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Lethbridge Herald Newspaper Archives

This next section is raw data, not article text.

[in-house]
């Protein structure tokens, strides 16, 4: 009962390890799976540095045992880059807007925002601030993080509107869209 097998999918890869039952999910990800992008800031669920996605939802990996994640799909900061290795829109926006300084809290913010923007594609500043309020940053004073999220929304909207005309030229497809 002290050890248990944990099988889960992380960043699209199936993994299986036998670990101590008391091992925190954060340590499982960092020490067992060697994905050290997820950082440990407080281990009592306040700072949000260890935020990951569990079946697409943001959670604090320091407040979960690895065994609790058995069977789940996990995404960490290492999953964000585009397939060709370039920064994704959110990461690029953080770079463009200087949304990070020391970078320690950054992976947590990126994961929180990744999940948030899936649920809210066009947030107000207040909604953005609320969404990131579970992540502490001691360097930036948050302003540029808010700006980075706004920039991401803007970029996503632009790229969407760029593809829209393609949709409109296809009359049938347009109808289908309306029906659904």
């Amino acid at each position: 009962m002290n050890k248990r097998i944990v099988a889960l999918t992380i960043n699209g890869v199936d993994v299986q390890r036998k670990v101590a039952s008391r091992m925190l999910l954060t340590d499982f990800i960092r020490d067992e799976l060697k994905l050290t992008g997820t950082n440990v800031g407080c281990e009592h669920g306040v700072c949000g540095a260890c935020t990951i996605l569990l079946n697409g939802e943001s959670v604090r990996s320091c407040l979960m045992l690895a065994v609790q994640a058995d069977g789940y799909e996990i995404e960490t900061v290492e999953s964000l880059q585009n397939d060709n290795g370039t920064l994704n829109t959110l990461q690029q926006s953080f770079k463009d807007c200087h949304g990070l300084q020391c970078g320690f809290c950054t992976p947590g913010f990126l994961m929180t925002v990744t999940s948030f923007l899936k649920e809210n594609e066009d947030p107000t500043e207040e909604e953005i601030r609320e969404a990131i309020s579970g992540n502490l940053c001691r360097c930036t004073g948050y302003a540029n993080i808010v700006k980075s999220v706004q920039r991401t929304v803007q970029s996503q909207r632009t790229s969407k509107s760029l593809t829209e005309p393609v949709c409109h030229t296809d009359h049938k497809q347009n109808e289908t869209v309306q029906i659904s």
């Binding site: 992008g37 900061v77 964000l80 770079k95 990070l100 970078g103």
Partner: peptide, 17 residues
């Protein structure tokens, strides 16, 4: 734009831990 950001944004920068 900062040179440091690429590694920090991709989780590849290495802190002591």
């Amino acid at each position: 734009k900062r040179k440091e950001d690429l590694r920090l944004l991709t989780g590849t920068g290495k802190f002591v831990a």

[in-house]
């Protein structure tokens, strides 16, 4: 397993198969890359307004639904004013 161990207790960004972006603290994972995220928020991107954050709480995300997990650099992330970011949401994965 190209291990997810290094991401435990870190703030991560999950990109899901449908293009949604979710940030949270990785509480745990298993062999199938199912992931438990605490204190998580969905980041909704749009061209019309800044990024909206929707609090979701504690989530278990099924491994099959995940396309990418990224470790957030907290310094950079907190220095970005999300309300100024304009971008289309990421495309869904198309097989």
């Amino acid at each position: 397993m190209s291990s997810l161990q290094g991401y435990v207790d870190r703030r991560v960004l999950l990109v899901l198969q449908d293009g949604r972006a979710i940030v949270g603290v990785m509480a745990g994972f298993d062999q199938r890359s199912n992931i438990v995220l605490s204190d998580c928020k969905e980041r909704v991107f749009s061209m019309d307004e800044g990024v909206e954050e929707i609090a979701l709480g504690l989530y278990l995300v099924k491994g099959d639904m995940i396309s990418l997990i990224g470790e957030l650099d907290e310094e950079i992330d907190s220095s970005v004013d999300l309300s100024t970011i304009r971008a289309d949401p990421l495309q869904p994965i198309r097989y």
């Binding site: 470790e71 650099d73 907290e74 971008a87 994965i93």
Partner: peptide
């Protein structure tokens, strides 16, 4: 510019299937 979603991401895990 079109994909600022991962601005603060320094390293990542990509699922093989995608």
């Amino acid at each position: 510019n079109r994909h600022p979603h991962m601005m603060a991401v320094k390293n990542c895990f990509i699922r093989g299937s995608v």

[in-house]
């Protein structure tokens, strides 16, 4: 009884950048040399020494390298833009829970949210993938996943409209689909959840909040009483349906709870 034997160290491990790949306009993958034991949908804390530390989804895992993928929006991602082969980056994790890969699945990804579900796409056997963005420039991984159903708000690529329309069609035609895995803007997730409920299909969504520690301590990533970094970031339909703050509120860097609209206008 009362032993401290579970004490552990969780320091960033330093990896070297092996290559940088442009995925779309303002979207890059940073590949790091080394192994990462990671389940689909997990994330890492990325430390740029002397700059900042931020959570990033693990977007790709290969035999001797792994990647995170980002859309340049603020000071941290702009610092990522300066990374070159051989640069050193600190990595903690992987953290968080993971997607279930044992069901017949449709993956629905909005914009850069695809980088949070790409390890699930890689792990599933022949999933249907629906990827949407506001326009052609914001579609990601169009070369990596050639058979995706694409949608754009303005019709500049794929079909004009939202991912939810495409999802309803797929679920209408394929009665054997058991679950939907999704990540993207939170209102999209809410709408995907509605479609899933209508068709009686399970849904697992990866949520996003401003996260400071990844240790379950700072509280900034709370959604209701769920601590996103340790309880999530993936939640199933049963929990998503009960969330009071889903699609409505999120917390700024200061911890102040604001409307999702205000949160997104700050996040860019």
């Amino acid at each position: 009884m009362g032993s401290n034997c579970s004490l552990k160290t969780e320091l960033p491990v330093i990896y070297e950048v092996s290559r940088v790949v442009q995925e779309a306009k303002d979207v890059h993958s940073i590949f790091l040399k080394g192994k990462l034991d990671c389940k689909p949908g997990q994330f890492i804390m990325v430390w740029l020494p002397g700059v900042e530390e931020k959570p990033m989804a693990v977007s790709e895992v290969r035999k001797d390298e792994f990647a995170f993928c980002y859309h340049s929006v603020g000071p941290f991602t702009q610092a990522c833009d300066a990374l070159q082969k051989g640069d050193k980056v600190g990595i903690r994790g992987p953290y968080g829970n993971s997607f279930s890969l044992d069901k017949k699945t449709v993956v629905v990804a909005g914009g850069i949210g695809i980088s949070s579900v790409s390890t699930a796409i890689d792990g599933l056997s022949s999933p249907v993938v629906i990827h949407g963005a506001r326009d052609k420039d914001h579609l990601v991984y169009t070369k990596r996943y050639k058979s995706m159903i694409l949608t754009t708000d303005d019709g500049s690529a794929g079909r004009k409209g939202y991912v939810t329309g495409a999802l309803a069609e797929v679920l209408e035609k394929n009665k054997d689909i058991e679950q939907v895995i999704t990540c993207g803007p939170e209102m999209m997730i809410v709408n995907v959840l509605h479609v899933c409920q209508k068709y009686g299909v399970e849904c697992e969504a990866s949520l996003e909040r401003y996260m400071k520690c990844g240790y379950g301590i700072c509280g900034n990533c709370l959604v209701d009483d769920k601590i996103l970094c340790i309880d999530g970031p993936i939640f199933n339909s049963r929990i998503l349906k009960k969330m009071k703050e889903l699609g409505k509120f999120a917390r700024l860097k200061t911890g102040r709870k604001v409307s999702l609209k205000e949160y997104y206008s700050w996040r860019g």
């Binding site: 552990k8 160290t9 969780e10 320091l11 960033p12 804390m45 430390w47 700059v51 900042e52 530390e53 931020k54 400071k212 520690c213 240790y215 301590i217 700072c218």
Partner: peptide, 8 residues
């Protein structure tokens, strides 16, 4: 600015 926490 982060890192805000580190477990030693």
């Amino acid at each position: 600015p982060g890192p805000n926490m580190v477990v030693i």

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Lethbridge Herald (Newspaper) - February 16, 1918, Lethbridge, Alberta THE LETHBRlpBC DAILY HERALb l^tbbtibje t)etal> ; V  'oailv and SvttkiV'  ^ ' y t ' --r-r-.:' � ij\ l^roprletor* and, PUblUharB ITHttETHBRIDQe HEB'AUD ^HINTING COMPANY, LIMITED ' ttS tth Street Beuth.' kathbrldf* W. A. Buchanan. , r ' .PnaMont and Slaaaf itiK Director / 90Btt 'Turance ' - .Bnalneia -Mauagar TEllEPHONEr* BuBinesi Oftlce .....1252 . lajtorlal, OKic^............... V1284 Subscription Rates: Pally, delivered, per week......IB Dally, delivered, per yenr .....*5.00 Dally, by mall; per year ......$4.00 Weekly, by mall, per year .....51.50 .Weekly, by tnall, per year to U.S.. JS.Op Dates ot expiry ot subscrlptton;9 appear dally on address label. Accept-BBCO of papers iJte. sxptratlcn date la our authority to centinue the sub-Bcrlptlon. THE PROGRESS OF THE WAR � The American troops have non- bean Tinder fire for some time on the west .em front, and have shown their met  tie to the enemy. During the- pasf few 'daya they have raided'enemy trenches I and have beaten oft enemy attacks, ,�nd hare undergone severe enemy bom ' bardment.. roturalne it with tbeir own 'artillery: There seems to be no dpuljt now that . Germany considers herself quite at 11b-� erty to continue the invasion of RuB-sU and will do sb -with PetftDgraa as' e the objective. - . ....... � CONSIDERED A MARVELLOUS MACHINE The new Pord tractor which the Kpvemment has purchased for i>ale to ' uie fariners at coat plus freight Is In ' the judgment ot'-J. D. McGregor, of ; Brandon, one ot the greatest agrl-: cultural tools that has ever been In-'� vente(ji Henry Ford has been deveiop-] ing thlstractor for 12 years In a plant i built In t|ie mlildle of a 5,000 acre ' farm. On this farm he conducted the \ experiments. ; Last summer siw there"tractors pull-, ilng'a two furrow gang plow, others, i pulling packers, discs and harrows,-j at the game time another tractor was I running the silo filler and others were ; being used to haul corn from the field. ; To put it briefly each one ot the .' tractors was the work ordinarily done i ; by a four horse team. These Uttla tractors burir coal oil, ; are buUt of excellent material and : are quite as easy of operation as a Ford car. It was on condition that we i put them"out'In tte same way these cars, are being sold to Canada iood board at cost. Mr. McGregor said I V.omen will be able to operate them '-Wjlth ease. The whole object of the Canada .food board In securing these tractors Is increased production in 1918 and a large amount of breaking ready for 1919.  ' The tractor burns either kerosene ! or gasoline. . It Is,designed as a two-! plow machine. A fuel consumption ' of 2% gallons of kerosene per acre ';la regarded as a fair average. It Is ''1 claimed for,the tractor that It can .. plow an average ot eight acres la 10 i' hours. 'The plowing speed Is given as �.j 294 miles per hour. \|i' Conditions of sale will be for cash !j only. The' scheme of distribution still ': remains to worked out In detail. , In all probability, however, ordiers y^'win be placed through provincial de-'^^. partments of agriculture. friends that made such a step Impossible. His phllosopliy nt life was bo-llet In man. He believed that popular Calvinism was the devil's lie, T^e fascinating doctrine of tho brotherhood of man took vossesslou of _hls soul. "If once 1 wn.s able to do a small kindness tor a follow," ho said, "which Involved a bit of uun90O8SBry trouble, ho would never forget It, and would repay n�c a thousand times ovor.'^ Hankey spoke freely ot the chtiych. "The present crisis Is for the Church ot England an unprecedented opportunity for either making u fresh start or committing suicide." Ot his soldier brothers, said Major Grant, ho seemed to love the "rowgh-neoka" most. Never a man came nearer lo realization of the brotherhood ot man. Of Hankey's writing Major Grant quoted St. Leo Strachey's Judgment of the wonderful passage where Hankey describes the supremo moment to the soldier when.ho goes "oyer �ho top": "At last we 'get off.' Wo were con-I fronted with; dearth, danger and death. Arfd then they came to their own. . . . And when at last they laid their lives at the feet of the Good Shepherd, what could they do but smile?" Of this passage the editor of the Spectator said: "With all sincerity a commander of, today might parody Wolfo and declare that he would rather have written that than win a general action." "The death of Donald Hankey," said .>}ator Grant, "was worthy of his life. -'Death found bim at his post. In the grey dawn of an' October morning he �Itnelt down for a moment In silent prayer with his company, and told them: they were about to go 'over the top.* He said;- 'Now boys! If wounded, Bllkhty; If^ killed, tlie Resurrection.' 'Epigrams and patlioa In a sen-fencei-^a human .compound" of slang and the Bible, which Uacoln might have said, and been proud of. From the first ihe saw that his job was moro than to keep order; his job w-as to lead. A friend said of him: 'With all his love ot humanity he was not de-moctratic, he was'rather ^he justification of aristocracy.' When I think .-f his death I am reminded By Bunyan's Mr. Vallant-for-'Truth, who went down so fearlessly Into the dark rlver^ and Of whom Bunyan said: 'He crossed over, andall the.trnmpets sounded for �film on-tiie other side.' His Bermond-sey friends, too. Bill and Jim, and all PICKED^jr^^^JN-^ PAXSiTDlG fiOJi THE BUSY MAlt Norman Luso, Grand Forks, .�|. 0., old timer, la dead. Medicine Hat's bank clearings increased 40 per cent, this week. J. C. MoKeggle, prqmlnent Toronto grain merchant, formerly of Lelroy, Ontario, Is dead. Frank Carroll, president ot the Quebec Telegraph Printing Co., has been appointed to the Quebec legislative council as successor ot the late Hon. Richard Turner. Since the war began there liUs boon a decrease ot 114,505,000 In the number ot meat-produoing animals in the world, Including 38,080,000 cattle, M,-000,000 sheep and 32,426,000 hogs. Twelve new Victoria Crosses are announced. The names include Liaut. Hugh Mackenzie, late of the Canadian X Chas. P. Archer, Kaslo ichool teacher will Join the flying corpa. Mra. tt IV. Bellamy Is president of the Medicine Hat local cou;icll ot women. CadetFrankE. Fisher, formerly teller In the Bank ot Toronto at Petroloa, was killed at a Toronto training camp, George S. Adams, a recent arrival from Revelatoko, B.C., died suddenly on a Vancouver street car while on his way to the theatre with a woman trlond with whom ho had just dined.. The London Dally Sketch says that Prince Christopher o� Grooco has married Mrs, W, M, Leeds, a wealthy, widow of the United States, who is visiting In Switzerland. J. W. Fleming, clerk of the Manitoba legislature, and e.x-mayor ot ARE HONORED been hailed out or whoso crop has boon killed by drought during the present year,, The government will arrange to nuthorlzoitheac^ rauniclpall- Shettlcld, England, Fob. 15,-Honorary dogroos ot doctor ot law wore coA- able rates, the municipality or local Improvement district to receive the on AValtor Illnoa Pngq, Paul Cnmtion and tho Marqula OugllBinib Imporlall, applications tor seed grain, to tllstrtb. ruspoctlvoly (imbnsandor ot the Unltetl Uto the grain, take notos for it and Slates, Frnucd,and Italy, to Groat niake the eoUootlons when duo, 1 Britain, SATISFIED tU89>Nlf_, ,^ - was fORPBliCbrsip, London, Fob. 14.--Thorans .T, Mac- ^ Namnrn, aoirotnry to' the ndmiralty^?'^ announ^eid .'lit - tho house oil commons i^today that it had bO'>n pstabllshod that 'thfi s'tqaihot iTtisepftla w'aa torpedoed. H6,i.d(J0(l fliiit*htAdmiralty was sat ;lHtlod with f the'Bysteni of''.convoy. machine guns, who -was killed In Oc- j Brandon, will be tlie first chairman of tober, an'd who originally enlisted in tho civil service commission tor tho j Ottawa with the Princess Pats In 1914 | province at a salary ot $G,000 a year, as a private. His mother lives In Que- A pungent thought uttered by Henry Ward Beecher finds Its way Into a contemporary trade magazine: "I'd rather i have a man fool sorry for his sins bee, * � -. An Inventor who has attracted considerable attention claims to have foutul a way to drive a battleship with- \ out fuel. But what the average householder would like to see Is an invention that can be harnessed up to tho furnace In his cellar to enable it to be operated in this way. A writer In "The Sphere" (London) says that electrically heated gloves are a part of the equipment ot a certain automobile, the current lor heating the gloves being obtained from the lighting system of the car. Furthermore, "In the aviation service ot some of t{ie allied forces electric-heating for dfll the clothing has already been adopted,"  The aviator will thns be enabled to attain .higher altitudes without inconvenience frOm thfr extreme cold ot the upper air currents. A curious sldedlght on German standards ot probity is found in a report of the case of Lieut. Splndler, who commanded the German ship Libau, which landed Casement In Ireland and was captured. Splndler gave up �4 after hearing one of my sermons than to have him tell me what a fino sermon It was," On the suggestion of the food controller, the "cash and carry syatem" will be tried out In Ottawa, A leading firm of retail grocers has undertaken to make the initial experiment,-As an inducement to shoppers to carry i their own goods, an average reduction In prices ol 7 per cent has been made. Hon, Chaa. Stewart, premier ot Alberta, In an Interview at Toronto, said'. he was ot the opinion that the plan ot the Dominion government to settle returned soldiers on the land should 'jo extended, to so far as If affects the western provinces, to provide for some means whereby unoccupied lands held by speculators should be thrown open, for returning' veterans. Removed From 2nd Ave., Beside Fire Hall The countless sacrifices made numbers of heroic by British mothers when taken prisoner, saying It was all' have been far eclipsed by Mrs. Beech- ha had. "When his captor asked, 'On your honor?' Splndler replied, '>)'o, ey, widow of the Rev. P. W. T. Beechey, late vicar ot Prlesthorpe, think in tho circumstances you were those-he had known and loved; all that 1 ^^^^ ^X^^^^l^ great company he had meant to sit, (jjfjerent points of'view-tbe point of with him at the communion table -{view of an'English officer, the point o.t I think they all met him on the other vie^v of a German officer." Volumes could speak no more. The generosity no more."' A search revealed 21 �5 | Lincolnshire, who has given eight sons ribtea concealed In his clothing. The to serve their country, five ot whom Attorney-General flsked him: � "Do you ' have been slain. Three have, been killed on the i,western front, another^ died at Rouen,'while the fifth) Charles side." Major Grant's appreciation ot Donald Hankey will be valued by the admirers created by the reading 'of his letters. Probably we would not' have known Hankey had it not been for the war. He Is gone' but he" has left behind Impressjons, and, thoughts and cha'racteV that will survive the years.' And so with Brooke and McCrae, and many others. with which Englishmen treat even unprincipled enemies Is Indicated by the decision In the above case. The prize court adjudged ,U?vt. Splndler's con-! cealed money forfeit to the crown. la magnanimously granted him, howeverv out of It, a full month's pay-�2G, The court returned in .full to two other officers of the Libau the money whl^ft' they had surrendered, as.-they, had truthfully stated the amount they po^'V sessed. Has Union government done any harm, Mr. Producer? " " you Sometimes a new baby anchors a man at home for a time. Sometimes the first squall starts hlra for the safe har-,t�Or..ptthe club.-rVa^couVer Sun. The Sun man must be talking from experience. Reevo Beechey of the Royal Fusiliers, who wag a master at Stamford Oram-ma;tb, ^^308:''v -BHltae�31n|i.,tlvft of , .the cars i^ the 'remedy suggested, > We are custom tailors and can guarantee perfect satisfaction in fit and workmanship. If You Would Like Last Year's Garments Renewed Please remember we are expert steam and French Dry Cleaners. 418 Fifth Street South Phone 444 Sir Cecil Spring-Rice was a faithful servant ot Britain, and Britain's Interests, He did much to maintain the friendly relations between Britain and the United Slates during the early period ot the war. While Von Bern-storft plotted and Intrigued, Britain's ambassador upheld the high reputation of the country he represented,  PRODUCTS OF THE WAR Tho war has revealed some great characters-and the pity of it Is the war ! has taken many, of the best of 'them as Its victims. True, though they are d^d, they leave monuments behind jthW.' 'Rupert Brooke Is gone, but bis � verse will live forever. John McCrao, the Canadian officer, rests in a grave m Flanders, but hla little poem "In Flanders Fields" will not die. Then there was Donald Hankey "The Stu-' dent In Arms," His letters from the ecene of war were remarkable for their high and noble thoughts. To ' those ot ub, who have read Hankey's books, a sketch ot his career by Major W. L. Grant, the new principal ot ' Upper Canada College, Toronto, is most Inspiring. Hankey was all that bis laftters revealed. Major Grant kiiew hlra' Ihtlmately. lU^aJor Grant told of the school days of-Hankey, at Rugby, and afterward !;�t Oxford. Hankey entered the Woolwich Royal Military Academy straight from Rugby before he was seventeen. His ^experiences there were unfortunate and uncongenial. Major Grant quoted Hankey's o-�'n record: "Oh, the misery of those terms at Woolwich! 1 hated the work, the drill, the gym, and even the riding school. - 1 hated the officers, and, above all, 1 hated the spirit of the plf 13." Hankey went down to the' slums ot Be'fmondsey and made the best ot IrlendB ot Bill and Jim, His At the Saskatchewan Grain Growers' convention it was alleged that a young .farmer in the Luseland district who was killed at the front willed two ouatter sections to bis brothers free of all enoumbrantfes," "A lawyer working with another lawyer In Winnipeg was handling the tranater... and , the fees had already risen to $700, If this statement Is correct these lawyers should lose their gowns; and a oam paign for law reform ahonid be*^ undertaken. Of course,' In this case, tlie otfendera may be derelicts of tl^e profession. There are weak brothers in every profession. Anyway the matter should be cleared up and the legal or ganlzatlons should be as any other to clear It up. jinind looked toward the church,', but There has been a good deal of the blues across the line.over war ad-minlstt-atlbn. Attacks >:ot all kinds have^been made. Soldiers'not properly equipped, Shortage ''bt- transports and so forth, havo created dismay Life, that cheerful weekly, brings cheer to tho pessimists. In a recent artlcla-lt said: The best cure tor discouragement la visible accomplishment,, It you lot your mind dwell ail the time ctn mumps, measles, chicken-pox, hive's, German measles, colic, diphtheria, infantile paralysis and acarlot-lever, you will soon admit that It Is Imposalblo to ralKo a child. But let someone exhibit a family that has .grown up, and your conviollon goes to grass. Our army in Prance and in the training camps and our navy on the seas arq method ot classing wool. The old system ot grading, he said, was-bbsol-ete although Boston, the American wool centre still-s'tlcka-to it. Biit In the countries ot the world where the wool business has reached a high'state of advancenient wool is "classed"', and the "spinning counts" are the- basis. These counts aro the same the world over'and are based. on-'.th'e number of hanks of spun wool .io the pound, there being a greater number of'hanks in the case ot tine wool of course. There are always three- classes of wool on the satae ^heep, the grqatest number ot spinning counts being found In tl'ie wool on the shoulders, the next on the back and the least number on the brltch. There are never more than three counts, ^, ;,, ' Should^NotCroM Breed Mr. RItch then proceeded to deal with the question of syatematlq crossbreeding of range sheep. 'He' warned the mixed farmer that, he ^should not cross-breed. Ije phoiil'd get the - full-blooded sbeep and stick to tbe .one breed. But for the range'-two main points are desfred, the best wool P>o. ductlon with the best mutton qualities. By means ot charts he showed Corriedale, which was a story of i more.' than absorbing -interest, woven | round the life qf the, Scotch shepherd T ot the ranch ot Dr..Gibson in New Zealand. The doctor's ranch was called Corriedale. It took years and years to produce the fixed type of cross-[ bred which Is found in the Corriedale, i which is composed of half Merino on i -the ewe side, a little more -than a quar-'ter Lincoln and ithe rest English Lle-cester. 'These rams can be secured from the Corriqdale association of Wyoming, who Mr, Rltcb said, would give the flockmaslers of Southern/Al-berta all the help they could In Intro-) ducing the �i.\ed type of half breeds i here, '� .' ' i Yesterday aftomoon Mr. Rltch and-! Mr. Stevens visited the Harvey ranclf to see Mr. Harvey's Romney Marsh purebreds and he said on his return that they were worth going a long way to see. �.- . ; TO SUPPLY SEED GRAIN PRESBYTERIAN Municipalities To Be Empower-f, ed to Supply Seed to Thofe Hailed xtHa^ imlenV i, is'TG ViVed I turthor with tUe c,ro88;br'eedlng^Uilng Jerusa em last July and waa * ether Iong%ooled or Merino . rams; .> Svo,I with roval honrs * would be..s,uic4de.�,T.b.p best thing-to but after ^olna subseouentlv * doas to, stop right th^ro.:nnd by hav-; to tlfe lieersheba front was Ing different bAnas at'the different 1.$ never heardTaKalnAccor^^^^ stagSH. ot ci-OB�, lwee.dlng .a shepherd ' t fnj^o AuHtrlan- officers he waa can-have-his bandB coming up to tho I % kified bv a 'I^Srklsirbullet No 4 stopping point each year omMn.^Si^^^^^^^ � However, It a shepherd wishes to .> issued ('XprnlnTlilad^^^ � keep his cross-breds stationary, ho | ^ """" (oncerplng Ulp de,ath. � couid take halt breed and "comebapk" ewes and by using them with Corriedale rams he would have a range flock which would bo uniform In conformity; and of good,wool value., iind would have hlpiself ,tho trouble 6f keeping flocks In tho different stages ot erosR.brqedlng. '��>v''-M. � The Corriadale Mr. Rltch then told the story ot the  fefi ';'," ^ rto'�cWuectlfl'ii THE UNITED CHURCH 01' NORTH LETHBRIDGE Rev. E, J. Hodgins, B.A, Paator 1271 5th Av,�..N.,, . ...Pnone. 168!) 10 a.m.: Children's Class Meeting., 11 a.m.: Rov. A, D, Archibald, of thn Social Service League iwiU preach, 2.00 p.m.: ^Beginner's and Prlmar:' Depts. of the Sunday School," 3.15 p,mi: Other Depts, of the Sunda:' School, 7.30 p,m,: Tho pastor . ^jiUl preach, ! Topic: "The Challenge to thn ' i Church." ' . ' :.'-* - T BAPTIST ~ 1 ; � '.'-'� 08 at salvation army Adj. and Mrs, Hamilton, officers in chiarge. Sundujf, 11 a,ra, 3 and 7,30 p.m. Sunday School, 2 p.m. Monday, Thursday, Saturday, 8 p.m. Tuesday, 7.30 p.m., Corp Cndots. Wednesday, 2 p.m.. Home .League, . 8 p.m.; Lite Saving Scouts and Guards Tho 'Citadel Band In attondanoea, Sunday and. Thursday SorvicoB, Everybody Welcome .CHRISTlAN.^C5lteNfc|B"S' ;(-CH R isTiAN; aciEWCessoci ^TX Huii.Biock;^fp^i#|:f;'^;{^^ '?.::/' Sun(fiy'-''8*WJBtf;%�.i'i^�,�.-�, ^u6ject: l')ipul):0/,r^^f/ Silnday School cqrtyonoHl'. uftor-. tho morning�BervlQoi ; � \^*dnBOday KVenlng!'Testimony ma^l ins at 8 p:m. ; �" ' The,reading room la-opdndnil; except, guntVays.ii^fidlegn.l.ih'dHdays, frotij 3 tb -5 p.m. Herd, thd'}iiWo-*and4�utttor' Ized Christian Science literature may �bo read, b'b'rrowed or purchased.'Tho public Is' cordially Invited to attend the cliurch services,' also, lo visit tho roadlng room, ' I First Baptist Church' Cor. 3rd Ave.' and 9th St. 8. Rev. C. Baker, Patter Services 11'a.m. and 7.30 p.m. Morning: The pastor/.will speak on ��"iFti'e Prcapector and Hit Lucky >>lnd;" � � -  Sunday evening'sca-vico; Mrs. Mc-'>Kinney, M;P,P,' Claresholm, will speak, .Wo Wfllcorao you, to this church fo' what you are and. tor what you needy for what "you can bring ami > for ^Yhat you can take,' away; tha: , your, presenije may Vo Inspiring, you � vcrltlplpms intelligent, and your bouI. upUftod, . � , ( ' ' ��" - ' '' CH^S. BAICERi rpastor, 3%r:?iENliS5sTAL~~^ PE-NTECOSTAL A88EIVIBLY t^ 8. Oi E. Hall, next Y.. M. C. A. Rev. crM. Neve,.Pastor .. Ref, 3.B7 16th St. N. Sunday, .11 a,m. and 7.30 p,m', Tuesday and 'Thursday, 8 p,ni, Prayer,Sorylpe, 1B14 3rd Avo. N, Sa|. Virday,:,;8,p.ra'.v,. .', /, ASSOCIATED BIBLE STUDENTti Rbom,12 Stafford Block,. Fifth St. Q. %\ Sunday, 7,30, Bible Study. ' W.odnosduy, 8 p.m. Bible Study, oii . "The Atohement Between Qod ami Man," followed by prayer and tostl. mony mooting. All welcome T^o collection ;